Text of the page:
As the dog days of summer arrive, the longing for football becomes all the more intense. Well, we here at CSNChicago.com are here to provide you with a summertime football fix. Over 40 days, CSN's Vinnie Duber will have 40 posts pondering the biggest questions heading into the 2014 Big Ten football season — the B1G 40 questions. Be sure to check out the entire B1G 40 series at csnchicago.com/big-ten.
Can the Gophers repeat last year’s success without defensive playmakers Ra’Shede Hageman and Brock Vereen?
Last season was a season for the ages in the Twin Cities. Eight-win campaigns don’t around too often for the Gophers. In fact, in Jerry Kill’s third season at the helm, the Gophers won eight games for the first time since 2003, just the fourth time since 1967 and 18th time ever.
And though Minnesota had a terrific running game led by returning running back David Cobb — and were playing much of the season inspired following Kill’s departure from the sidelines to better manage his epilepsy — it was the defense that contributed an awful lot to that rarely seen success. The Gophers ranked fourth in the Big Ten in scoring defense, allowing just 22.2 points per game, and sixth in total defense, allowing 373.2 yards per game (not even three yards more than the No. 4 team).
Kill and the Gophers had two players in particular to thank for leading such a strong defensive unit: defensive tackle Ra’Shede Hageman and defensive back Brock Vereen. Those two were big-time playmakers for Minnesota a year ago. Hageman was one of the more feared defensive lineman in the conference, finishing with 38 tackles, 13 tackles for loss, two sacks and an interception. Vereen, meanwhile, finished with 59 tackles, 2.5 tackles for loss, an interception and a forced fumble. The conference’s coaches named them both to their All-Big Ten First Team, and both were selected early in this spring’s NFL Draft: Hageman a first-round pick of the Falcons and Vereen a second-round selection of the Bears.
So how is a defense to recover from losing such playmakers?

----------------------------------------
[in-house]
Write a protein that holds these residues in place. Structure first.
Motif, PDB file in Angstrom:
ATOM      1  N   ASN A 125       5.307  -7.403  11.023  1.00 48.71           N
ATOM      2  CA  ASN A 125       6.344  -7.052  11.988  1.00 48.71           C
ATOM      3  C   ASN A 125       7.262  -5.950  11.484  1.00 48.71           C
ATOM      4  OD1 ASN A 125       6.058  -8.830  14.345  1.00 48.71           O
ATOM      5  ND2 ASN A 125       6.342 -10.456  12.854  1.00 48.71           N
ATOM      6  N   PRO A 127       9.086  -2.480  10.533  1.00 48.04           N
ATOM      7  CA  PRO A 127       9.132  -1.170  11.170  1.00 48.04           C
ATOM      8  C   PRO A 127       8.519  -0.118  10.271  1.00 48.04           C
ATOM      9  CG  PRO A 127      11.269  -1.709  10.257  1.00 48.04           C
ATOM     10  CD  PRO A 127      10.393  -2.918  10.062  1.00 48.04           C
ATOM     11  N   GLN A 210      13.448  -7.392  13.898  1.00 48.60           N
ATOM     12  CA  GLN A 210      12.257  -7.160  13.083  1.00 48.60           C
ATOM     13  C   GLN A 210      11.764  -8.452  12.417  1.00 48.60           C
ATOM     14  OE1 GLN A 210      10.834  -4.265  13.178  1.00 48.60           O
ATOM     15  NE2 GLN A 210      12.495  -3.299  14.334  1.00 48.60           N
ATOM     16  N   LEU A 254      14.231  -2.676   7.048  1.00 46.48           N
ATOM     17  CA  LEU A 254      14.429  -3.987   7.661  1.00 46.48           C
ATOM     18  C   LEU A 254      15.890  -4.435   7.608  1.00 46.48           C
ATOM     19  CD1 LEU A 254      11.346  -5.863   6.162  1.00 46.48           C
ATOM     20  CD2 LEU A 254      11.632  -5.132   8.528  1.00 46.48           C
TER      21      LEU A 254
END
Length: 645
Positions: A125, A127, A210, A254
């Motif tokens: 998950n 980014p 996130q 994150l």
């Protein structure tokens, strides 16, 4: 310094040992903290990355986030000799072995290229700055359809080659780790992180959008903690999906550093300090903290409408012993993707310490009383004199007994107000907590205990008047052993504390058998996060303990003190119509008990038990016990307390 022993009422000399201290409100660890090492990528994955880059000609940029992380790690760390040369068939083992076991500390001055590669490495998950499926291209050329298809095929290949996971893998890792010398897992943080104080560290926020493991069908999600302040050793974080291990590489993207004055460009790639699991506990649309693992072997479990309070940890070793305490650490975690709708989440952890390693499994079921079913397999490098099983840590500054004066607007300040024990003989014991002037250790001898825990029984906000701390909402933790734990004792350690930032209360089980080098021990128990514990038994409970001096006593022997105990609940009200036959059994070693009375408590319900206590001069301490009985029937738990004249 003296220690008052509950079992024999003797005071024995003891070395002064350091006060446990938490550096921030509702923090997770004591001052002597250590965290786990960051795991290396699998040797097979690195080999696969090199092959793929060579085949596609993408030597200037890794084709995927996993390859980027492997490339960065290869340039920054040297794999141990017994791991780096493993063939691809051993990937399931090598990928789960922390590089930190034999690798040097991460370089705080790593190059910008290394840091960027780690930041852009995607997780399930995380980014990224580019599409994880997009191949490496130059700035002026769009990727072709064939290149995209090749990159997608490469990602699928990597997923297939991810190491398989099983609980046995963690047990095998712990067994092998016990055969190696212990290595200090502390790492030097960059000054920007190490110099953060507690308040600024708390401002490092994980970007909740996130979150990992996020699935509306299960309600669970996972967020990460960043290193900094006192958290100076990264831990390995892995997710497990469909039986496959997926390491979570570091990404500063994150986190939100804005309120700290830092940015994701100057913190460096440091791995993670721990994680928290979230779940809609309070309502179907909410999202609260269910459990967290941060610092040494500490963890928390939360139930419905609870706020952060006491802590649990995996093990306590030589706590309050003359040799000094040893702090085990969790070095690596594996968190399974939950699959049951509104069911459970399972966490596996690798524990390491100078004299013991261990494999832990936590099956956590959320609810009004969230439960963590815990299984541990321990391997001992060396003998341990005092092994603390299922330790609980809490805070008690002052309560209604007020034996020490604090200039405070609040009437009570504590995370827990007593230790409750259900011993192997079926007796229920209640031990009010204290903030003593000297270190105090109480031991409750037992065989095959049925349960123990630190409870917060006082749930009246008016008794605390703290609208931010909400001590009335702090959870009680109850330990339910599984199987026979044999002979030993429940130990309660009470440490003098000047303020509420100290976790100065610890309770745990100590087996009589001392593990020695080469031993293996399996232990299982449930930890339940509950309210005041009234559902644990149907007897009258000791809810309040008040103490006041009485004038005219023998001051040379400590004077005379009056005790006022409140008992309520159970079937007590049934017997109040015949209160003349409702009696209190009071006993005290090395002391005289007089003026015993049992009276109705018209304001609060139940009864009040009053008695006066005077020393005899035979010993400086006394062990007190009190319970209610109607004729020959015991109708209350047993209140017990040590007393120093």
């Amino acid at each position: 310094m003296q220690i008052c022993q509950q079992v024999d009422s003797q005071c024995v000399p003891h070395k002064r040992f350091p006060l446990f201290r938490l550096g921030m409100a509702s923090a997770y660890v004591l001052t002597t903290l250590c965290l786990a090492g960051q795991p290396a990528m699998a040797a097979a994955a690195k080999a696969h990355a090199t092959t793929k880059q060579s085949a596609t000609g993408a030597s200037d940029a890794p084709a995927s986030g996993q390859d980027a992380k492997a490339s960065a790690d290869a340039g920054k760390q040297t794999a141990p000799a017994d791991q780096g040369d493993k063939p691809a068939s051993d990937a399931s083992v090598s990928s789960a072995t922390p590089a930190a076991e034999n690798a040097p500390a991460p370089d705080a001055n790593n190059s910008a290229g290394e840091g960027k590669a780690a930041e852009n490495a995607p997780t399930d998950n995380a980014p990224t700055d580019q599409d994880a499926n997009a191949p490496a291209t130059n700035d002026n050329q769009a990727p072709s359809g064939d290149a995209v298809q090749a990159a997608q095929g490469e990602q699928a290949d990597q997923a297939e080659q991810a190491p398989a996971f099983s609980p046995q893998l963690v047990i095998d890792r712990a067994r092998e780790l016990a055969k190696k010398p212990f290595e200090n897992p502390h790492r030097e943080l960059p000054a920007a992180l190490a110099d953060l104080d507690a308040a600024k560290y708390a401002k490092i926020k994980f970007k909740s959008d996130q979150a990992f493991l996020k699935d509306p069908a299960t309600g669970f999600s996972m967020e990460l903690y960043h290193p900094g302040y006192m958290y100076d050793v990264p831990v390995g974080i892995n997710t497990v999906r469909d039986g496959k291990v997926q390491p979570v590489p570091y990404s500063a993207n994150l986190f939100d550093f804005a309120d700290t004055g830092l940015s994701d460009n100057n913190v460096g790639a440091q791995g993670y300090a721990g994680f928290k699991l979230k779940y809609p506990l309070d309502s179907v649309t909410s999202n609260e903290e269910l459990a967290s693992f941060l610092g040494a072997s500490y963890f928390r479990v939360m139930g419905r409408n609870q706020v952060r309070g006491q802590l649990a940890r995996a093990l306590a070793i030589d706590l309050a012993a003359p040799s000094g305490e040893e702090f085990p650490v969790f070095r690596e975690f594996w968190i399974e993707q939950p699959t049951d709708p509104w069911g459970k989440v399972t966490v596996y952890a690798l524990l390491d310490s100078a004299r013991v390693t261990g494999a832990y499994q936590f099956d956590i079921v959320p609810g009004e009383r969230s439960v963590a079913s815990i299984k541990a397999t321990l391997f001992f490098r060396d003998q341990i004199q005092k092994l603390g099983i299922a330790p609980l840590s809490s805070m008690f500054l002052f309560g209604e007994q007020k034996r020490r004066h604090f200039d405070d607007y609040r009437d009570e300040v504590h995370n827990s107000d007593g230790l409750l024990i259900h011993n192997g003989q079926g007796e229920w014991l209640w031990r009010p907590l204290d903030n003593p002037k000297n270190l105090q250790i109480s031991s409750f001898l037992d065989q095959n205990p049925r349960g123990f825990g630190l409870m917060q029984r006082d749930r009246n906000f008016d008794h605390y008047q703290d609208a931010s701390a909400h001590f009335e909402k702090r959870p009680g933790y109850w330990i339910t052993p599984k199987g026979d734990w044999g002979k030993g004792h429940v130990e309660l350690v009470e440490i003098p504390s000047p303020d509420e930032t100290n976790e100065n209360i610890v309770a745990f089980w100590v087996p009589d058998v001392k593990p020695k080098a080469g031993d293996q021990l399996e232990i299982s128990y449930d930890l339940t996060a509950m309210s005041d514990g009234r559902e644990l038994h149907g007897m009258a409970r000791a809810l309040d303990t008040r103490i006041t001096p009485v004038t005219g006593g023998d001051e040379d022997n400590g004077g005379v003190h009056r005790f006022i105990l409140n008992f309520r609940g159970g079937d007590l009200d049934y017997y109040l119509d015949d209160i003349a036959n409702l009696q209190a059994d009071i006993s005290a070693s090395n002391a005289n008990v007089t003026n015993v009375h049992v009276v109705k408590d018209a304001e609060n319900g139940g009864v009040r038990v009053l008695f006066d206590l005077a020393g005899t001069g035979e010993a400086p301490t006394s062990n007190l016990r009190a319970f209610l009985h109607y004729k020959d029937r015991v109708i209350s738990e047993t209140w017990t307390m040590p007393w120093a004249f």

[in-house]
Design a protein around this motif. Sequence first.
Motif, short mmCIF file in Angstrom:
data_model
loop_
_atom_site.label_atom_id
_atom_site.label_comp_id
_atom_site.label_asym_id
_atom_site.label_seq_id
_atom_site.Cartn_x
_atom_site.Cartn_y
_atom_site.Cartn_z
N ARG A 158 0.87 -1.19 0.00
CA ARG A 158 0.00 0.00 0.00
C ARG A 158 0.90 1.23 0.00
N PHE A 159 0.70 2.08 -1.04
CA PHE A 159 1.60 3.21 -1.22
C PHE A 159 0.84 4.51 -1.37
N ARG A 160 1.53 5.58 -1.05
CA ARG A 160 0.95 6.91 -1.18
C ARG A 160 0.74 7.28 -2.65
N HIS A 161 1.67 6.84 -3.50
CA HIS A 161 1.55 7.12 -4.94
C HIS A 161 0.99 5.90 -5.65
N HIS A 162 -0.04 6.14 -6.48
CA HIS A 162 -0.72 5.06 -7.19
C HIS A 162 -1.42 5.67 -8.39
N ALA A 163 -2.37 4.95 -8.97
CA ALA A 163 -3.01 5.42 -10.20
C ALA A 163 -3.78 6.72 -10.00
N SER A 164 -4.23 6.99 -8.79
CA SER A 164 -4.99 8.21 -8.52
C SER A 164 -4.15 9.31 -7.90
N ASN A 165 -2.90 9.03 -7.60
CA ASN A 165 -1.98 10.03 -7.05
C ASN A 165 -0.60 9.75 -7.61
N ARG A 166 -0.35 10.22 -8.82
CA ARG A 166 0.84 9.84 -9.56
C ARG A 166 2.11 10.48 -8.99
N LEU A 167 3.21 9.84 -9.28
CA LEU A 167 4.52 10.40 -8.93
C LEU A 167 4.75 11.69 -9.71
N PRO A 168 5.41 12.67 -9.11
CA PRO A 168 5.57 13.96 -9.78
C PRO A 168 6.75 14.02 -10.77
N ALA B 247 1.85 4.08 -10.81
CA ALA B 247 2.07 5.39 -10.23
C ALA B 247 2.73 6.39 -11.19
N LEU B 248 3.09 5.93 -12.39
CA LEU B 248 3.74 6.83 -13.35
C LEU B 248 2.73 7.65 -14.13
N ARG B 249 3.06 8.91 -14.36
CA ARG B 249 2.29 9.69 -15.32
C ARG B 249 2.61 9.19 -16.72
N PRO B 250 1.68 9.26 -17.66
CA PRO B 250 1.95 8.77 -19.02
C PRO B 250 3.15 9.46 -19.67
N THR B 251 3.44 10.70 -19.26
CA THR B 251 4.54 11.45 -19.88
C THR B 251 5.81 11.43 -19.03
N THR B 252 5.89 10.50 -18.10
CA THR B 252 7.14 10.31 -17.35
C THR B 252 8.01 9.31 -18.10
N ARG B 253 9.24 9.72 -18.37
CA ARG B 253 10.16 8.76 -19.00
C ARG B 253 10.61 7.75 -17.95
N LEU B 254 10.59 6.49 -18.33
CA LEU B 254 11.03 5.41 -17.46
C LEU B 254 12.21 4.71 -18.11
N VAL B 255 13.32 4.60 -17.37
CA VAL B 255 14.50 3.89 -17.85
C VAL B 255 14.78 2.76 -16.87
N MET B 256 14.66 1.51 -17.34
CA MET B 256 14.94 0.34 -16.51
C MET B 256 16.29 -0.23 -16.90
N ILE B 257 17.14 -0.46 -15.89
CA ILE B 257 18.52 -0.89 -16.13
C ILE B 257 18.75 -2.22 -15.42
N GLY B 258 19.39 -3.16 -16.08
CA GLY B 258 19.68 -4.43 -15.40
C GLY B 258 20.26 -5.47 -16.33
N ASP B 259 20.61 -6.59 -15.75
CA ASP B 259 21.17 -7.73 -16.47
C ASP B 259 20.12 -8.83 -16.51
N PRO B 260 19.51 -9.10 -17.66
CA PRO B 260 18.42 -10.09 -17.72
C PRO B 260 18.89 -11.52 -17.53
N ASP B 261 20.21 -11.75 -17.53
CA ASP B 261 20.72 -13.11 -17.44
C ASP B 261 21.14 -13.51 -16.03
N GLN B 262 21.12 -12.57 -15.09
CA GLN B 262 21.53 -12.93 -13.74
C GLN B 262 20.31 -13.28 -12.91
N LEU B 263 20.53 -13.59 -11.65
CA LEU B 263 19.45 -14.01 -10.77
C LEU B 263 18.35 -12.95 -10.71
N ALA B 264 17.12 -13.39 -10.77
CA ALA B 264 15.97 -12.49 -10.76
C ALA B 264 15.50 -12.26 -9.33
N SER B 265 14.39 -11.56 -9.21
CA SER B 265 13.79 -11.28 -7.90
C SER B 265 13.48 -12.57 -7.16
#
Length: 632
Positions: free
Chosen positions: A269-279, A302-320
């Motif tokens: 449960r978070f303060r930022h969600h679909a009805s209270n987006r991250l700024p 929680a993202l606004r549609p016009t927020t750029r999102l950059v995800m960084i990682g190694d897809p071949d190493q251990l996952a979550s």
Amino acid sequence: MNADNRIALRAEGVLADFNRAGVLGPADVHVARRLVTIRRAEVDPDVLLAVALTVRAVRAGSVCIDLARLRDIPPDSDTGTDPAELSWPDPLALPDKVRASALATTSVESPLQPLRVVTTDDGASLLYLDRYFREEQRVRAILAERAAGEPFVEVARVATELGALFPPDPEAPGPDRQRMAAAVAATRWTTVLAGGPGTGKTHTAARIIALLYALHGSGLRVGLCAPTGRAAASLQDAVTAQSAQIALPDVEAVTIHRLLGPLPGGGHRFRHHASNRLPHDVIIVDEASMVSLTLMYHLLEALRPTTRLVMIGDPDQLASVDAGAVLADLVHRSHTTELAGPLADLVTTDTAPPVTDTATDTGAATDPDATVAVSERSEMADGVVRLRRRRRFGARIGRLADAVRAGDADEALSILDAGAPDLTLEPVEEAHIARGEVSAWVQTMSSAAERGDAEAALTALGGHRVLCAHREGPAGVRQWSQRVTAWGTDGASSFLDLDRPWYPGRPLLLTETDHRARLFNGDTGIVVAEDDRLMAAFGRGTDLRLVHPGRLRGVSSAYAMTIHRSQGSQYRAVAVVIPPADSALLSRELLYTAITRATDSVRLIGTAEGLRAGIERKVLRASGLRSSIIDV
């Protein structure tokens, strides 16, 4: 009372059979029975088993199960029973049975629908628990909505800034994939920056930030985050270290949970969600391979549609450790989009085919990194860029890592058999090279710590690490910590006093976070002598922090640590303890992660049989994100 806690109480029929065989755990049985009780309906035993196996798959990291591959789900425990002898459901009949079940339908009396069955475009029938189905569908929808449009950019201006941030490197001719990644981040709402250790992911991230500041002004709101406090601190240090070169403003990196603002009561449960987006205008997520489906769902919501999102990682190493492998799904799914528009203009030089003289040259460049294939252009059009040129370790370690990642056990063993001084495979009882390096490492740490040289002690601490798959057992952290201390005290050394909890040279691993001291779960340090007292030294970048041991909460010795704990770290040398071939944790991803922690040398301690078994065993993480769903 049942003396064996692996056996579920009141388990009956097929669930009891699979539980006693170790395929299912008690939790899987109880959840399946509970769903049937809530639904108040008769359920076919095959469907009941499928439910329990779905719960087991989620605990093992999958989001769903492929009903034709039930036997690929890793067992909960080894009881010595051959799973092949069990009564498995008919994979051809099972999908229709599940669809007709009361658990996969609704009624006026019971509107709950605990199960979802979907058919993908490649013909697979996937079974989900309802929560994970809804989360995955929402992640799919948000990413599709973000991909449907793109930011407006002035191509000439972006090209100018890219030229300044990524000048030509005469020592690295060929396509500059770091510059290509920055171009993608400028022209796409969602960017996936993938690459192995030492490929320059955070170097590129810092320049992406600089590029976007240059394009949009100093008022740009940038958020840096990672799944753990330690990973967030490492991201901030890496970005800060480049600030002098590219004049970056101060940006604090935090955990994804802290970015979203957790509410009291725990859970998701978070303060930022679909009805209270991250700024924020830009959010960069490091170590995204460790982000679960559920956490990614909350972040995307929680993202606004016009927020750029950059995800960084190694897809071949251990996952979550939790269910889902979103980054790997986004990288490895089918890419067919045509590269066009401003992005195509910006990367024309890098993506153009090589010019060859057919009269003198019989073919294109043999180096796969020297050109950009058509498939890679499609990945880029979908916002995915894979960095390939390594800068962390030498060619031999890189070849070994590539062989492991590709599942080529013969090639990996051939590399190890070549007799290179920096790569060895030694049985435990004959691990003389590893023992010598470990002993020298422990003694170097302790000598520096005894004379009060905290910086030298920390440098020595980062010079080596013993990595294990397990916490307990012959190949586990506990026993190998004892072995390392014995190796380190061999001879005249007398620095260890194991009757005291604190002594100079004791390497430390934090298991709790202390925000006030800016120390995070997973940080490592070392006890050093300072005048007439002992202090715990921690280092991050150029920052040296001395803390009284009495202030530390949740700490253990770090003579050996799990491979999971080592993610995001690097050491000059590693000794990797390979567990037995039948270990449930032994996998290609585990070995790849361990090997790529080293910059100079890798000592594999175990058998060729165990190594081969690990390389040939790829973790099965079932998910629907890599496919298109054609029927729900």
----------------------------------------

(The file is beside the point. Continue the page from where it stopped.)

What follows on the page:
The Gophers will have a tough time, but while they lose arguably their top two defensive players, they do return a good deal of their defensive starters. That includes every starting defensive lineman besides Hageman, a unit that is expected to start four upperclassmen in 2014. Most noteworthy is Theiren Cockran, who was unheralded but right there with Hageman last season. Cockran finished his sophomore season with 10 tackles for loss and a team-high 7.5 sacks (third in the Big Ten) and four forced fumbles (most in the Big Ten). The Gophers also return three starters in the secondary, including safeties Cedric Thompson and Antonio Johnson, and middle linebacker Damien Wilson. Those three were three of the team’s four top tacklers a season ago.
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The biggest downside for the Gophers defense — and the team as a whole — heading into this season is whether last year’s performance is repeatable. An eight-win season is a lot different from a six-win season, and just a couple key plays were all that separated Minnesota from eight and six wins last year. They clinched victories against Northwestern and Indiana very late — thanks to mistakes by those opponents — and won each game by just three points. Wins against teams like Northwestern and Nebraska might not be as easy to come by this season.
But the good news is that the conference schedule isn’t necessarily as tough as it was a year ago. Games still exist against Wisconsin, Ohio State, Michigan and Iowa, but a three-game stretch against Northwestern, Purdue and Illinois could provide opportunities for wins. The Gophers played four ranked teams last season during conference play, with two of those games coming on the road.
Add that to a lot of experience on both sides of the ball, and the Gophers should be able to weather the losses of Hageman and Vereen. Things have just gone up under Kill — from 3-9 to 6-7 to 8-5 — and while it’s going to be mighty difficult to go up from there, another season like last isn’t necessarily out of the question.